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Religious knives banned in NSW schools after alleged Sikh stabbing

Published: (Updated: ) in Australian News by .

Religious knives will be banned in New South Wales schools from tomorrow, the state’s education minister has confirmed, after a Sikh student allegedly used a ceremonial blade in a stabbing.

Religious knives will be banned in New South Wales schools from tomorrow, the state's education minister has confirmed, after a student allegedly used a Sikh ceremonial blade in a schoolyard stabbing.

Speaking to Ben Fordham on 2GB, Education Minister Sarah Mitchell said legislation that currently allows students to carry religious knives at NSW schools was a "loophole" that will now be closed.

In the interim, she said, a ban would be imposed until legislative changes can be passed.

A boy, 14, was charged after a student was stabbed in the stomach and back at Glenwood High in Sydney's west almost two weeks ago.

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"That (ban) will come into place from tomorrow," Ms Mitchell said.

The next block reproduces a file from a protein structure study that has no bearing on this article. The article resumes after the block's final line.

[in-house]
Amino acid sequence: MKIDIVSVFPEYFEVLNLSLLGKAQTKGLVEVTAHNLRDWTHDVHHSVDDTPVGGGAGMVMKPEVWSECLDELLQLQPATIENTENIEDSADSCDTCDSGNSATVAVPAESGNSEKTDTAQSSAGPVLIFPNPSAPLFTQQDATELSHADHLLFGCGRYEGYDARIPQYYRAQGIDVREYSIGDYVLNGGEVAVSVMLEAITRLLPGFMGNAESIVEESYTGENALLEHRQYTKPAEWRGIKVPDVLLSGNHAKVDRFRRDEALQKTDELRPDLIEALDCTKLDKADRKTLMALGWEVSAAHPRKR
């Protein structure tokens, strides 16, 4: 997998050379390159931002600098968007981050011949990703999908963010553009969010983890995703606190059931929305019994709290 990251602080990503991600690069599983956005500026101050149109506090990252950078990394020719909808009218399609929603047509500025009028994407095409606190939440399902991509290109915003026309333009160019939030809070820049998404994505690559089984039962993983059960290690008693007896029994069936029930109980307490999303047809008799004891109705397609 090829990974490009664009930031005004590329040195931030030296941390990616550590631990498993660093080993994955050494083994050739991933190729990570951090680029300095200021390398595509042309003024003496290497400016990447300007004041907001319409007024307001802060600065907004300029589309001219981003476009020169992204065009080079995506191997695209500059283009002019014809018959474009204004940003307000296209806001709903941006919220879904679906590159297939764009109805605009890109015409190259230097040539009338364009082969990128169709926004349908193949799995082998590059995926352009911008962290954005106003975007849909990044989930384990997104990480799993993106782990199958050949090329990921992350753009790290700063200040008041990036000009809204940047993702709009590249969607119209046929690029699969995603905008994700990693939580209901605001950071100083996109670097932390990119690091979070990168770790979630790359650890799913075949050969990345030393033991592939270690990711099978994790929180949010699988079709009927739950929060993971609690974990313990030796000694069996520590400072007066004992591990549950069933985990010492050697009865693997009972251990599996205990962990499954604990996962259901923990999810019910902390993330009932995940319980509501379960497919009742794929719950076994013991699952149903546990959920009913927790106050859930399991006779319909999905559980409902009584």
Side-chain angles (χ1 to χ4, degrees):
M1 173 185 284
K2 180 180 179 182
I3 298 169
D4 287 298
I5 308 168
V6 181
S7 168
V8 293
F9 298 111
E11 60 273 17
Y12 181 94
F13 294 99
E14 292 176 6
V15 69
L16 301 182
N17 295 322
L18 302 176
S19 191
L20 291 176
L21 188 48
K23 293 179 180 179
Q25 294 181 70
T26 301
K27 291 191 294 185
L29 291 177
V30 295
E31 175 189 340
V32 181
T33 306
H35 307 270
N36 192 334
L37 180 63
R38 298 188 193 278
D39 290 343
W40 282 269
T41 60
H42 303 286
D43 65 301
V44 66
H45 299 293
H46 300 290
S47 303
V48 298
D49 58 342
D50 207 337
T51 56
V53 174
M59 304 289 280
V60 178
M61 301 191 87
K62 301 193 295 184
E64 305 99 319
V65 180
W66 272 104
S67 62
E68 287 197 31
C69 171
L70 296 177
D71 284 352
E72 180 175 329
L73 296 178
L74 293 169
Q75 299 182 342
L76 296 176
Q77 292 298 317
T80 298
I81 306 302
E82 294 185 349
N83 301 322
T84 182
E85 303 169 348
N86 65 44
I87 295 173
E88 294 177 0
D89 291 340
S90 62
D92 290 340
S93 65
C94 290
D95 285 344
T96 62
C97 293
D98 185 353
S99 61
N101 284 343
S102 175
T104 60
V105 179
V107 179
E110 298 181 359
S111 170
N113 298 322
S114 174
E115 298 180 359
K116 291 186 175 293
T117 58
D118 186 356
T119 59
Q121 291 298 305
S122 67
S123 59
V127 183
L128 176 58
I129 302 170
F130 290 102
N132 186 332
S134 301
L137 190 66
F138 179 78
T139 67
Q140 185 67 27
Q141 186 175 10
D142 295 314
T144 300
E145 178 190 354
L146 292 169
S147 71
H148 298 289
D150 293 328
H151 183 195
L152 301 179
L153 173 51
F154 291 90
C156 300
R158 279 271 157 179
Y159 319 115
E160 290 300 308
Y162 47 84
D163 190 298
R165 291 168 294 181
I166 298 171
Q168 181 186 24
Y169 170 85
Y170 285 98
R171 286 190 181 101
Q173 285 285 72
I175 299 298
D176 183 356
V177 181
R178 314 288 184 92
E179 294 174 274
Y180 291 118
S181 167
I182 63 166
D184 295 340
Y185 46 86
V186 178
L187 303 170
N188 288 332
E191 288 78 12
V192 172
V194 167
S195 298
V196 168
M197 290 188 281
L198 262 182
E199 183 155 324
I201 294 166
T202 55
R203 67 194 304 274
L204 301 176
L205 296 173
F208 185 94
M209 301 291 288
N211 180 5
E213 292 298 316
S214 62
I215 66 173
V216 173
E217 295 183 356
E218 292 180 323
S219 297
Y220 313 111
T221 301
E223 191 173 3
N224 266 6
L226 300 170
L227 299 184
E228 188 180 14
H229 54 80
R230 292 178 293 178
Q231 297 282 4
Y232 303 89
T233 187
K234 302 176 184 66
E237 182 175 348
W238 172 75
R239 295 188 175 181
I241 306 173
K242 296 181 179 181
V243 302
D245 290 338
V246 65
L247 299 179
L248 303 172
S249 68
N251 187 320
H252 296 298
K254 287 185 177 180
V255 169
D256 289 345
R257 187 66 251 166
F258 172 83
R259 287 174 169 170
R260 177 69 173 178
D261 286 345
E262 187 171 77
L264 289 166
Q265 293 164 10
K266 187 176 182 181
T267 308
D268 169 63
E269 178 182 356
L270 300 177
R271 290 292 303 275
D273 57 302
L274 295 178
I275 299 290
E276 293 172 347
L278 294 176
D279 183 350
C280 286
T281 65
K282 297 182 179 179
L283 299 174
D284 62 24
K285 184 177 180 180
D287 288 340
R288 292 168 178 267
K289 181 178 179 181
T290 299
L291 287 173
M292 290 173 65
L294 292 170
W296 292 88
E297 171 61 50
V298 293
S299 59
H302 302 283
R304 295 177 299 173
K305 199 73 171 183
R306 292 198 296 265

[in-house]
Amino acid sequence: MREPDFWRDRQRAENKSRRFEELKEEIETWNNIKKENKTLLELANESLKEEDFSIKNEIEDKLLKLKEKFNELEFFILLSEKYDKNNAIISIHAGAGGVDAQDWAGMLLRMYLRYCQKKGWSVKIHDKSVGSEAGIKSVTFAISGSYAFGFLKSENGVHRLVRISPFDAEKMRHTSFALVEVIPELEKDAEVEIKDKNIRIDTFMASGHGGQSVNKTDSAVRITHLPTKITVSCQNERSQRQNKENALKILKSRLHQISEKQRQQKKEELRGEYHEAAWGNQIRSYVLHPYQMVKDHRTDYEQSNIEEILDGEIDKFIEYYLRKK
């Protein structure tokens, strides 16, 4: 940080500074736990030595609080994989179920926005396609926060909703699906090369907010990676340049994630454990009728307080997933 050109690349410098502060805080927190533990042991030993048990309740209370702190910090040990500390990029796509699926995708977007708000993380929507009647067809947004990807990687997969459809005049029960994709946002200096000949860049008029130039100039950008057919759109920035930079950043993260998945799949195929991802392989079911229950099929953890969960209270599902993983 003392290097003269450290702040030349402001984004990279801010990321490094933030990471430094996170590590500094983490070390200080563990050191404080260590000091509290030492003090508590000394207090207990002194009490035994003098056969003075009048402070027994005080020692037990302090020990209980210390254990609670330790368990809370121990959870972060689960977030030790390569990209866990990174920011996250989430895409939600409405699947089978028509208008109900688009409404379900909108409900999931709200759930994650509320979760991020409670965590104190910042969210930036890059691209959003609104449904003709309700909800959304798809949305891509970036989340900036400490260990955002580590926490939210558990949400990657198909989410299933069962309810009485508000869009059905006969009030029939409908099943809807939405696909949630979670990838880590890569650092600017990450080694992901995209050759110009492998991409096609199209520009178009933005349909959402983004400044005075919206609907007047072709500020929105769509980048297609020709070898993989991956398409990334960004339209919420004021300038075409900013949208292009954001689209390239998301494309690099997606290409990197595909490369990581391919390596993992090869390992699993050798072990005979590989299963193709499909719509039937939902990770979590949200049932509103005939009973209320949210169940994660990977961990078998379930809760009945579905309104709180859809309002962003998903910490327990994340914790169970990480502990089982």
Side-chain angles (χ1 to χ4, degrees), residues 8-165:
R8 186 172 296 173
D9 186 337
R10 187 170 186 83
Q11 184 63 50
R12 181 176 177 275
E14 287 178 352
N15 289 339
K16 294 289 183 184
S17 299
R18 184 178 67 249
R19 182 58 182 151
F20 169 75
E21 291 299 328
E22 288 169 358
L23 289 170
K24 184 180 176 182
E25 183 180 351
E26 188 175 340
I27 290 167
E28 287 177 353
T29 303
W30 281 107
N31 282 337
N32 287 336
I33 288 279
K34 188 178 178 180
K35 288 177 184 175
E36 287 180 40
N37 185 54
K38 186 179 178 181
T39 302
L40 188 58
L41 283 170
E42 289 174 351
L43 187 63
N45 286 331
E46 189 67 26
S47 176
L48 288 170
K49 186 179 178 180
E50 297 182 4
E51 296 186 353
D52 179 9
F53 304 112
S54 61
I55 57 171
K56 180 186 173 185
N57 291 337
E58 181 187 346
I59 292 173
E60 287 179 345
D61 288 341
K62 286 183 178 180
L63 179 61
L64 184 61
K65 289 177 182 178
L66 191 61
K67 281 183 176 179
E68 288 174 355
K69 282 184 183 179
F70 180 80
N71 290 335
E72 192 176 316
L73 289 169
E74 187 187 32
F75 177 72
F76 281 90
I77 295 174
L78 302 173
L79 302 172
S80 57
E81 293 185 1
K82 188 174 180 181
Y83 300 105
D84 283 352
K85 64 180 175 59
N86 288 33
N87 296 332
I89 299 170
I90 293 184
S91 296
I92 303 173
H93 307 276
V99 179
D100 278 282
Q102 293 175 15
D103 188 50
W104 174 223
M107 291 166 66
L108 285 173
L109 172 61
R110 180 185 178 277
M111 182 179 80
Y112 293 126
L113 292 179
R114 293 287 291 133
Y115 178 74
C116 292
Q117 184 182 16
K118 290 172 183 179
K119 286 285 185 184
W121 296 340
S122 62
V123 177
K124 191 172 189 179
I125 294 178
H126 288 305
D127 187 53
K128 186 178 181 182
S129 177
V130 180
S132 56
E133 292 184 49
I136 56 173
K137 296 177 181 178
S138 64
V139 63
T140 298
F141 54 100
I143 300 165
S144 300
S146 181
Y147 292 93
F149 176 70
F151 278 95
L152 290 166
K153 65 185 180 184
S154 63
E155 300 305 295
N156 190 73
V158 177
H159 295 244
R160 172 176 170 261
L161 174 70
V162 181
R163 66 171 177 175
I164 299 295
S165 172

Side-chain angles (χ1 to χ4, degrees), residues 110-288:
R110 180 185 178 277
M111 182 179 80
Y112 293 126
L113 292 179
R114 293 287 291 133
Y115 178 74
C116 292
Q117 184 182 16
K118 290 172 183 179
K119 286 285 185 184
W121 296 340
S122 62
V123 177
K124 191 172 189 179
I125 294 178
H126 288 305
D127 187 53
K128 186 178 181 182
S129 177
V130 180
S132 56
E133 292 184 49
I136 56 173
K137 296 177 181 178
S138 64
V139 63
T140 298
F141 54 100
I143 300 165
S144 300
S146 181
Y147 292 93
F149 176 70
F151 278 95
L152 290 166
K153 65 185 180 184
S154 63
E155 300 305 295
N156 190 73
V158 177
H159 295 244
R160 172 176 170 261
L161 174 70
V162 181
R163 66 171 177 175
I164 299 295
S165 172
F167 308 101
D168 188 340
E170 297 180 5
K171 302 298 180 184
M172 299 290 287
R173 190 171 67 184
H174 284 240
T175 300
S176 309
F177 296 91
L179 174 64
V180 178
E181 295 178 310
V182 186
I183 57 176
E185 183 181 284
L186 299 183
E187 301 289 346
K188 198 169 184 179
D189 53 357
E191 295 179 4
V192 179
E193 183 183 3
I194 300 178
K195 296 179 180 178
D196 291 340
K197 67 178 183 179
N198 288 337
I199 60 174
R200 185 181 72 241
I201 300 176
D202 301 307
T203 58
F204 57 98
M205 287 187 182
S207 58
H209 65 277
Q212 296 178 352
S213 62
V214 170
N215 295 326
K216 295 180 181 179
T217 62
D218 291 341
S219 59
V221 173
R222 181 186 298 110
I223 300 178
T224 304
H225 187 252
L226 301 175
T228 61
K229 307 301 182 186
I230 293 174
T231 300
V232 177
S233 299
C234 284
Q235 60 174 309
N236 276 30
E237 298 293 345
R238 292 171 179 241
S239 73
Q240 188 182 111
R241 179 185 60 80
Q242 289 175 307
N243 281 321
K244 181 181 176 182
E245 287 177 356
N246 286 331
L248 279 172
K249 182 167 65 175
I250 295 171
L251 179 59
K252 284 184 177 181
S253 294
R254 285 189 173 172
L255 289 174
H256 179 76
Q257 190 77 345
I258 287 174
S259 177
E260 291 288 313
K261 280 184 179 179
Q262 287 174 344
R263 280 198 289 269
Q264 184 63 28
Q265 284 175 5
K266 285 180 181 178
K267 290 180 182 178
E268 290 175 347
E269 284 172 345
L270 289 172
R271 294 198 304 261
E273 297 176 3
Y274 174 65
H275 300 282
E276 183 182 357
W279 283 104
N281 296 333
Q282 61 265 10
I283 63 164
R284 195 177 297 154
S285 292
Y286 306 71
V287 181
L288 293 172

"I feel much more confident knowing that we put that than in place as a policy … while we work through the legal issues that exist with the act."

Ms Mitchell said students carrying religious knives to school was not "in line with community expectations".

A teenage boy from Glenwood High School in Sydney's west was charged on May 7 after he allegedly stabbed a fellow student with a kirpan, a small curved knife which symbolises a Sikh's duty to defend themselves or help those in peril.

An argument broke out at lunchtime and police will allege the 14-year-old boy pulled out a kirpan and stabbed a 16-year-old boy twice.

Sikh men are mandated to carry a kirpan - a ceremonial dagger,  generally 8-10 centimetres long, with a blunt point and edges.

The student was treated for stab wounds to his back and stomach.

Premier Gladys Berejikilian has said she was surprised to learn religious knives were allowed on NSW school grounds.

Ms Mitchell said she has spoken with representatives of Sydney's Sikh community who are "distressed" the stabbing had happened.

An attack with a kirpan was rare, but Ms Mitchell said she felt forced to act and bring in the ban.

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Ms Mitchell said the local Sikh community was "disappointed" with news of the ban.

Turbans 4 Australia President Amar Singh told Fordham he "can't understand" the reaction.

But he says they will work with the government to reach a solution.

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Source: 9News

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